Billardiera scandens

From Wikipedia, the free encyclopedia
Jump to: navigation, search
Billardiera
Billardiera scandens(cropped).jpg
This plate, engraved by James Sowerby and published in A specimen of the botany of New Holland (1793) along with the original description of the plant, has since been designated the lectotype for the species.[1]
Scientific classification
Kingdom: Plantae
(unranked): Angiosperms
(unranked): Eudicots
(unranked): Asterids
Order: Apiales
Family: Pittosporaceae
Genus: Billardiera
Species: B. scandens
Binomial name
Billardiera scandens
Sm.

Billardiera scandens, commonly known as Apple Berry or Apple Dumpling,[2] is a small shrub or twining plant of the Pittosporaceae family which occurs in forests in the coastal and tableland areas of all states and territories in Australia, apart from the Northern Territory and Western Australia.[3] It has a silky touch and appearance that becomes more brittle as the dense growth matures. The inflorescence consists of a single or paired yellow flowers, pink-tinged yellow sepals and bright yellow petals and is attached to a hairy drooping peduncle. The summer flush produces fruit of oblong berries up to 30 mm long, initially green in colour and covered in fine hair - somewhat akin to a tiny kiwifruit in appearance.

B. scandens was first published in 1793 by James Edward Smith, in his A Specimen of the Botany of New Holland. In 1819 the genus was renamed Labillardiera by Josef August Schultes, but this was later declared illegal under the laws of botanical nomenclature. A cladistic analysis of the genus in 2004 resulted in an expanded circumscription of this species, encompassing material that was previously placed in B. angustifolia, B. brachyantha, B. daphnoides, B. latifolia and B. canariensis. All of these names are now considered taxonomic synonyms of B. scandens.[4]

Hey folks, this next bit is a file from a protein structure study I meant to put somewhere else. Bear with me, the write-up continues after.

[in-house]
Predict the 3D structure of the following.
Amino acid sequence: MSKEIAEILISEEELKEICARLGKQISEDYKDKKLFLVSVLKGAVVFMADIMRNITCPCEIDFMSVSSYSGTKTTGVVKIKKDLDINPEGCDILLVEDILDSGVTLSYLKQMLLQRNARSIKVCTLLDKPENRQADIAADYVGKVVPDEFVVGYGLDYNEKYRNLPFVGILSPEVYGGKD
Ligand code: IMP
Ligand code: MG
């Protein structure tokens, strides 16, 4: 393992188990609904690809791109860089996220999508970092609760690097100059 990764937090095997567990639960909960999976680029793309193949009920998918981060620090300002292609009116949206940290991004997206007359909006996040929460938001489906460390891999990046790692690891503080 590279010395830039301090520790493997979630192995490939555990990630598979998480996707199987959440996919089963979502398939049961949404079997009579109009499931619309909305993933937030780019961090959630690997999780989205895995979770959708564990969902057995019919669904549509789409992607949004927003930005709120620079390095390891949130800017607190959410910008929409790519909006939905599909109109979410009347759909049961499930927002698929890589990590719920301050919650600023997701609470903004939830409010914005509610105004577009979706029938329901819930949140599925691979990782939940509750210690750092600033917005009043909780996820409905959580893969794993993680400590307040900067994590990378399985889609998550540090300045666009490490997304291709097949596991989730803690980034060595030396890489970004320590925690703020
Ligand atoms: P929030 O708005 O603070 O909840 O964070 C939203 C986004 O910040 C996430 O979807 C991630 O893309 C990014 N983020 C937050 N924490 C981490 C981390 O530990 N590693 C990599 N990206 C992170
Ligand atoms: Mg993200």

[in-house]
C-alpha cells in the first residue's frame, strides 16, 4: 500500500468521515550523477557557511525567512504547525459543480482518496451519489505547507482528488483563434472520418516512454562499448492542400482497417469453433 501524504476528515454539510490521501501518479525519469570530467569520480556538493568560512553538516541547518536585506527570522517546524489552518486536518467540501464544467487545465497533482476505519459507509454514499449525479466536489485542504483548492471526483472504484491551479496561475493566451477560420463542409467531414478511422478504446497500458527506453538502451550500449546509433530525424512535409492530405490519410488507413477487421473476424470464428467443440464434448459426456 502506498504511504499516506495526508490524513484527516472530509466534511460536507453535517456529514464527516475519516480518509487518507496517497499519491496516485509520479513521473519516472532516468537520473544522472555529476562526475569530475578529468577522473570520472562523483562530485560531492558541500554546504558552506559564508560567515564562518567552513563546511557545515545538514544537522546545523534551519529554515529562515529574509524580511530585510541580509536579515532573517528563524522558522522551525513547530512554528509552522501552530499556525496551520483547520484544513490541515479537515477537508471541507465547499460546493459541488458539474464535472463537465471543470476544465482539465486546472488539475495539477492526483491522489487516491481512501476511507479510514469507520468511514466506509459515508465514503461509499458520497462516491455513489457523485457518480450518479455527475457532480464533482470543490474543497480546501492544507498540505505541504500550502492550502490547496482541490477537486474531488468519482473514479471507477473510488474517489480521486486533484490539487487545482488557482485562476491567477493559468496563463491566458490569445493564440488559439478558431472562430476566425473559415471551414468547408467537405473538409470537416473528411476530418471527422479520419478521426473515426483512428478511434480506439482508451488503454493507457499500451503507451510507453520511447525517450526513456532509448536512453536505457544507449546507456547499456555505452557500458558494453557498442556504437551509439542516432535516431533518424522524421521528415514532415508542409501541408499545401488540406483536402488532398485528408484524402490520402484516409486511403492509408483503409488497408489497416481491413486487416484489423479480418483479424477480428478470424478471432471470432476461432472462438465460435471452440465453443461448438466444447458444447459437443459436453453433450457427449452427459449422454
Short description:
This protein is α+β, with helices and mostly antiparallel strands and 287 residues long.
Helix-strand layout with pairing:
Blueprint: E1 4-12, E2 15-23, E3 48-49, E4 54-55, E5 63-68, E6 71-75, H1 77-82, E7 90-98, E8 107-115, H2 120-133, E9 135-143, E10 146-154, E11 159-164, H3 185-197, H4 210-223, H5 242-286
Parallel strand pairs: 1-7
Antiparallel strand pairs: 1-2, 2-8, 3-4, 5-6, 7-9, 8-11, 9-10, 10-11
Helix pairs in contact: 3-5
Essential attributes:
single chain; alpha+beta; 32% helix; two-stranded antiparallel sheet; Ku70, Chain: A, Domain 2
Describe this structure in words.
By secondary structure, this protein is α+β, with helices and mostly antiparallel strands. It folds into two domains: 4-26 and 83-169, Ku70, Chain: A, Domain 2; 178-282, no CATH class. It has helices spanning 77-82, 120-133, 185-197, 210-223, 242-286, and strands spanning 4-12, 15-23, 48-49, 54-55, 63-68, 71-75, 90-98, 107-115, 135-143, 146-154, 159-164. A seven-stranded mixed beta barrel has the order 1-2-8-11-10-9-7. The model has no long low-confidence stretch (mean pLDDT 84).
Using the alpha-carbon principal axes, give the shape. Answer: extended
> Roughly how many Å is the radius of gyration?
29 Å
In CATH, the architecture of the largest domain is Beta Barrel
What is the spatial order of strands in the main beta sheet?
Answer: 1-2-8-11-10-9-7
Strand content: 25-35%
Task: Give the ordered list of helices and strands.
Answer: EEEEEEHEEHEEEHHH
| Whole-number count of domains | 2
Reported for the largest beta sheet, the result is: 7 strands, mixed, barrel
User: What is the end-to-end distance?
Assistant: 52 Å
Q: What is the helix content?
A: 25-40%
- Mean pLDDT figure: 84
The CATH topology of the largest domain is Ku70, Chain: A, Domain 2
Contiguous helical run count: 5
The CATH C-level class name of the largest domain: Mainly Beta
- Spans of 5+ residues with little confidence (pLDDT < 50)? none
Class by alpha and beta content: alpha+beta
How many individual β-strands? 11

There are two varieties:

  • Billardiera scandens var. scandens - Leaves linear to ovate with lower surface glabrous pubescent;
  • Billardiera scandens var. sericata - Leaves elliptic to narrow-elliptic with lower surface silky-villous.[5]

Uses[edit]

The flowers and fruit are attractive to both birds and people. The fruits, which only ripen after dropping to the ground, are valued as an Australian bush food and are variously described as tasting like stewed apples or kiwifruit. They were eaten by Australian Aborigines either in their ripened state or by roasting the unripened fruit. Botanist Joseph Maiden noted in 1898 that children of European settlers in the Port Jackson area, where it is commonly found, had been eating the berries since the foundation of the settlement in 1788.[6]

Cultivation[edit]

It is a popular choice in Australian gardens, especially those favouring indigenous plants as a rambling yet non-dominant shrub, especially beneath eucalypts and between other native species. The species is also grown in gardens around the world and is easily propagated and maintained. It is an adaptable plant, and will withstand a wide range of conditions, including mild frost, semi-shade and periods of dryness although it performs best in moist conditions. It also tolerates a wide variety of soils, including clay.[7]

References[edit]

  1. ^ Cayzer, L. W.; Crisp, M. D.; Telford, I. R. H. (2004). "Cladistic analysis and revision of Billardiera (Pittosporaceae)". Australian Systematic Botany 17 (1): 83. doi:10.1071/SB03028. 
  2. ^ "Australian Plant Common Names Database". Retrieved 2007-07-13. 
  3. ^ Wrigley J.W. and Fagg M. (1979). Australian Native Plants. William Collins Publishers Sydney, Australia. ISBN 0-00-216416-7. 
  4. ^ "Billardiera scandens Sm.". Australian Plant Name Index (APNI), IBIS database. Centre for Plant Biodiversity Research, Australian Government. 
  5. ^ Plant profile: Billardiera scandens, NSW Flora Inline
  6. ^ Low,T. (1991). Wild Food Plants Of Australia. Australia: Angus & Robertson. ISBN 0-207-16930-6. 
  7. ^ Greig, D. (1987). The Australian Gardener’s Wildflower Catalogue. Australia: Angus & Robertson. ISBN 0-207-15460-0. 

External links[edit]